Back around 1960 Frank Drake proposed an idea to search for alien civilizations by looking for their radio signals. He thought that any technological society would have developed some form of electromagnetic communication, and any technologically advanced society would realize that the best place to announce their existence was in a specific range of frequencies known then as “the waterhole.” Drake proposed a search of certain stars close to Earth that would most likely have developed life and to scan the waterhole radio frequencies. The effort failed.
There were a number of assumptions that were made here, one of which suggested that most stars had planetary systems. In 1960 we didn’t know if our solar system was rare or common. The assumption seemed to be that as the gases and debris were drawn together by gravity to form stars that the leftover material would form planets. But in 1960 we didn’t know about dwarf planets, the Kuiper Belt, the Oort Cloud and that the Solar System extended nearly two light years from the sun.
In today’s world we know that many stars have planetary systems and our first searches for exoplanets seemed to identify only the huge planets with masses that rivaled and surpassed Jupiter. As the techniques were refined we began to find smaller planets some of them about the size of Earth, or rather just a bit larger.
This was done, not by seeing the planet’s reflected light, but by finding their shadows as they crossed the disk of their stars. By following that, by seeing these regular transits, planets were found and their sizes could be calculated. Today literally thousands of exoplanets have been found.
And while SETI has found some radio transmissions that seemed to suggest an artificial source meaning something created by an intelligent extraterrestrial race, these signals did not repeat. I am reminded of the old days in which we had analog television and large antennae to receive the signals. Sometimes, when the conditions were right, television signals would “skip” around the atmosphere. While living in Iowa I remember a signal from a Miami television station that lasted for some twenty minutes. Another time there was a signal from a station in southern Missouri that lasted for about an hour. These were onetime events that were not repeated which made me wonder if the conditions had been just right for those alien signals to skip through interstellar space to reach us. A onetime event that is not repeated because the conditions weren’t right again.
|The Very Large Array on the Plains of San Agustin in New Mexico.|
Now we have something found by NASA’s Kepler Space Telescope that suggests some of our assumptions about the detection of alien life might have been wrong and we have found an intelligent civilization through their construction of a massive object in space near their home world. A star, named KIC 8462852 (what a horrible name and I suggest we change it to Randle’s World) had provided repeating transits that appear strange.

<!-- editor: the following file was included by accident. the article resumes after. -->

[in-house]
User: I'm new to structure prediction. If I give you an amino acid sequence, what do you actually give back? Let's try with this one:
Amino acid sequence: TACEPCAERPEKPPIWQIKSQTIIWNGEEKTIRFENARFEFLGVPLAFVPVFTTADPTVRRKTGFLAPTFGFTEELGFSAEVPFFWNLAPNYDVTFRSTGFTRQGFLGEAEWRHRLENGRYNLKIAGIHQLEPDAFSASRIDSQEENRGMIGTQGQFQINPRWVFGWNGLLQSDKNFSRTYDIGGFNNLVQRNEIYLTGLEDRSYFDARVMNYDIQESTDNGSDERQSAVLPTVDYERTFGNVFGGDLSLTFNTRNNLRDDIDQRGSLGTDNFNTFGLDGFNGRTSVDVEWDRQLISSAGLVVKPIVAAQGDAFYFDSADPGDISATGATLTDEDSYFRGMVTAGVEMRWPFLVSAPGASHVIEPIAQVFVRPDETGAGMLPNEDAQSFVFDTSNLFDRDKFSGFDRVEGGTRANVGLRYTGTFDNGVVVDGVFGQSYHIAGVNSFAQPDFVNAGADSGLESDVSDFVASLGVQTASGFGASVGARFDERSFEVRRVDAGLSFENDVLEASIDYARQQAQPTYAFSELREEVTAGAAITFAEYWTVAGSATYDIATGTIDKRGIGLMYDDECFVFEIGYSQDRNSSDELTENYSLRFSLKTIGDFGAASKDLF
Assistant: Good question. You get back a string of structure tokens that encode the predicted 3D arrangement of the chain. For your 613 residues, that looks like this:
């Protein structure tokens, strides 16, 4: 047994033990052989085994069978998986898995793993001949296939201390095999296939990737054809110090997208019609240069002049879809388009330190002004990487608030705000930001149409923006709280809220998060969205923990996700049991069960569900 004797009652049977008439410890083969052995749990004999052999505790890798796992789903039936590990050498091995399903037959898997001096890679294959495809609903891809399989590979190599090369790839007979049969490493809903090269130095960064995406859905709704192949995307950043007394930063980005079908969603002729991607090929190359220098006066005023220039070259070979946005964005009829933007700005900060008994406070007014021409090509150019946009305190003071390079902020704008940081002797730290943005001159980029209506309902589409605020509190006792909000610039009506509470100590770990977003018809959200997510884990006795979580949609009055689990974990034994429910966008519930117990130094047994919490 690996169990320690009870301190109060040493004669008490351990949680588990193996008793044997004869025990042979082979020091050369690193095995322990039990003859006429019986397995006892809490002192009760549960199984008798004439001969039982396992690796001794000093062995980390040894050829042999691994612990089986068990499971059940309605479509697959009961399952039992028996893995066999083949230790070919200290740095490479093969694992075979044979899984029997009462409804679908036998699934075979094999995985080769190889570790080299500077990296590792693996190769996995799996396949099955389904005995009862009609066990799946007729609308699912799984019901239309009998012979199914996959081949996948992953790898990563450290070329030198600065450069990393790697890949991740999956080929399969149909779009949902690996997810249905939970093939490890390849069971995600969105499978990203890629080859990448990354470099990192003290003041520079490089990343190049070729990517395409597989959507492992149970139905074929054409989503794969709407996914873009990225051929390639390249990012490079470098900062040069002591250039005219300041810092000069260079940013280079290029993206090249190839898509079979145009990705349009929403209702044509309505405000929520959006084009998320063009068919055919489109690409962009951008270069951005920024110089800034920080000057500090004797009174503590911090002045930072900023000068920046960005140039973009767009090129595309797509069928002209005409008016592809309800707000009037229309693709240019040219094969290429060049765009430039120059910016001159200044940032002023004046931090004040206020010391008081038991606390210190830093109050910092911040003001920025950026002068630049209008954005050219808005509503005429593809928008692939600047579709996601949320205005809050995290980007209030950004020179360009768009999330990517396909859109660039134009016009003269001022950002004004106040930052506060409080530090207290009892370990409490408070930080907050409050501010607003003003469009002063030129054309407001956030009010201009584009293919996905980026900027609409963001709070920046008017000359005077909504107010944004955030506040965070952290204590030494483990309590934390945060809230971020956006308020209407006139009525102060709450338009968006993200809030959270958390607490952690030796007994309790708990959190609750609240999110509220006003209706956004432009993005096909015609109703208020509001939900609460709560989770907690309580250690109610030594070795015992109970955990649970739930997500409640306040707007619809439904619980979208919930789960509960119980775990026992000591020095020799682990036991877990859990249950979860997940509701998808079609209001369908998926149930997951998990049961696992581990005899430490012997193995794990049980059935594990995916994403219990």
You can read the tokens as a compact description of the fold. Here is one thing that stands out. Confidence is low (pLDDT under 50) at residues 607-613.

This isn’t some wild-eyed, tinfoil hat wearing group claiming this, but scientists who have presented a paper to the Journal of Monthly Notices of the Royal Astronomical Society. According to the report, "Over the duration of the Kepler mission, KIC 8462852 was observed to undergo irregularly shaped, aperiodic dips in flux down to below the 20 percent level.”
Tabetha Boyajian, a postdoc at Yale said, “We’d never seen anything like this star. It was really weird.”
The scientists said that they had thought of various natural phenomena that might account for these irregular dips in light from the star, but nothing seemed to fit. A second paper is being written that will explore the theory that this is some kind of gigantic engineering project by the aliens (which, of course, if they’re operating in their own system means they are the indigenous population and not aliens, but I digress).
While all this is preliminary and there will probably be a solution for the anomaly that doesn’t involve an advanced civilization, it does give us a hope that we have finally found the answer about other life in the galaxy. And, if we have found another intelligent civilization that close to us, it suggests that the galaxy is teeming with life, but most would be very far away.
This star is some 1500 light years from Earth which isn’t exactly our neighborhood, but it is certainly close by, in relative terms… our galaxy is some 110,000 light years in diameter and some 30,000 light years deep. We won’t be dropping in on them for a long time so they have nothing to worry about from us. But, if they can construct something large enough to be detected by us, it means that we might see them dropping in for a visit.